Why did it deorbit so early? It turns out that because the Humanity Star was hollow, its low mass compared with its larger surface area caused it to experience more drag than anticipated, particularly in its already low-Earth orbit. That orbit was intentionally designed to decay over the course of months, but due to the larger-than-expected drag, the satellite dropped back to Earth much more quickly.
On the Humanity Star website, Rocket Lab’s CEO and founder Peter Beck wrote, “While the Humanity Star was a brief moment in human history, I hope the conversations and ideas it sparked around the world will continue to be explored. These are the conversations that will play a part in shaping how we collectively manage our planet and work together to solve the challenges facing us all.”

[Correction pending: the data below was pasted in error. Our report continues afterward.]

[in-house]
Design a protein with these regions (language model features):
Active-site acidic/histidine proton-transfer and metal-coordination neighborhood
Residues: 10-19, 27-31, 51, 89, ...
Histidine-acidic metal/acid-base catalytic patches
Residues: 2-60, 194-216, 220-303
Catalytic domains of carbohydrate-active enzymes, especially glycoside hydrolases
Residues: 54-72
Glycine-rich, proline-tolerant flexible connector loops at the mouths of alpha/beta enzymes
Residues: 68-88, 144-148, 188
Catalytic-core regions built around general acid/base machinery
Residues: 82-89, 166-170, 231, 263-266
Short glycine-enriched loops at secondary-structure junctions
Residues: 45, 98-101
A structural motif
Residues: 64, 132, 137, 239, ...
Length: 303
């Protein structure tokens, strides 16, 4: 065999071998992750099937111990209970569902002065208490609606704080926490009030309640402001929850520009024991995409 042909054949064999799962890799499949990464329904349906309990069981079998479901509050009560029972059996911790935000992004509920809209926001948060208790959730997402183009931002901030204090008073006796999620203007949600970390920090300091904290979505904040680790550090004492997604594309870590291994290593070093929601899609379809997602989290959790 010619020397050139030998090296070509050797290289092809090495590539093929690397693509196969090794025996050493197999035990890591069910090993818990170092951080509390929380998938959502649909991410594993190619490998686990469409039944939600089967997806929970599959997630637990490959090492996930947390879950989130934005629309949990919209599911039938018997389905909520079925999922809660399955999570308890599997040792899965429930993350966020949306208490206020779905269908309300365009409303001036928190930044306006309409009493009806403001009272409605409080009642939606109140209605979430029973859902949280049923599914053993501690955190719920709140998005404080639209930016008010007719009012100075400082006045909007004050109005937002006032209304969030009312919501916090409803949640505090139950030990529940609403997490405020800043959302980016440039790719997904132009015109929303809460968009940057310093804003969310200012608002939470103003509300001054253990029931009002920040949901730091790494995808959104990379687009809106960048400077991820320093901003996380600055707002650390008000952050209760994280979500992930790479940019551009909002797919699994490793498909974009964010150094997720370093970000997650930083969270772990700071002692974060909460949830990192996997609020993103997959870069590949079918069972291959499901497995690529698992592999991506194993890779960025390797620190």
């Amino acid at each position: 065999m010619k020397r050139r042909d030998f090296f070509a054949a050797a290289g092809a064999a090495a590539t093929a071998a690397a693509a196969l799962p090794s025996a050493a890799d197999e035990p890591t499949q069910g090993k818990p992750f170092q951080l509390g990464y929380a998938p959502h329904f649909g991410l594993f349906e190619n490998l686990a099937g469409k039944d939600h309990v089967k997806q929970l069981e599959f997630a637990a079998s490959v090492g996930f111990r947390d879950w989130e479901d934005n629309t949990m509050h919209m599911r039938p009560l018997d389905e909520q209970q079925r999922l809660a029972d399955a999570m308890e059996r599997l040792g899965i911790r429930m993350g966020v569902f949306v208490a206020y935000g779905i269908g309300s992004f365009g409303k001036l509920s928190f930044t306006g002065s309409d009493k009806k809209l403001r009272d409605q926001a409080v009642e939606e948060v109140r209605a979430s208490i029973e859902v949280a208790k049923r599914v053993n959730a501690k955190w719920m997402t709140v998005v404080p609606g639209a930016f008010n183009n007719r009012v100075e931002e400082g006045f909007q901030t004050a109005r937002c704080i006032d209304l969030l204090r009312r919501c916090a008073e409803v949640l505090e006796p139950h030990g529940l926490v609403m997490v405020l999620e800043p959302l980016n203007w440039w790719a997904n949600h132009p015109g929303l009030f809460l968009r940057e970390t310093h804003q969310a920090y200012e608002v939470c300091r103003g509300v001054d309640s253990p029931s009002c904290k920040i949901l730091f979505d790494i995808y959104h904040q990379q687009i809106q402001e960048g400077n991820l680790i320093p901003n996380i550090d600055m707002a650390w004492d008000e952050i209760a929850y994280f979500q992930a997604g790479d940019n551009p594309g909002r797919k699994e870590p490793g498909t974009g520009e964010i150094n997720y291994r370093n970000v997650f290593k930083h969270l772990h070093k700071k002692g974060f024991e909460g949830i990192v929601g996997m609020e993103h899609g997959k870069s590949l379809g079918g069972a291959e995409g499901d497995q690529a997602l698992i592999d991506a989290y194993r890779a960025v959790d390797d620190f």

The Humanity Star was designed to flash as its 76 reflective panels caught the sunlight and briefly made it the brightest point of light visible in the night sky. Its swift orbit was meant to quickly whisk it out of view, leaving those who had caught sight of the light staring up in wonder. But some astronomers did express concern over the satellite’s potential to contaminate data as they searched for dim objects in a sky that is suffering from the ever-greater encroachment of civilization and its darkness-swallowing light.
Regardless of your feelings about the endeavor, the Humanity Star has come to an end. If you’re disappointed that you never got to see it, consider instead trying to catch the International Space Station as it streaks overhead as a true “humanity star” currently carrying six people as it orbits Earth every 90 minutes. You can visit NASA’s Spot The Station website for viewing opportunities in your area.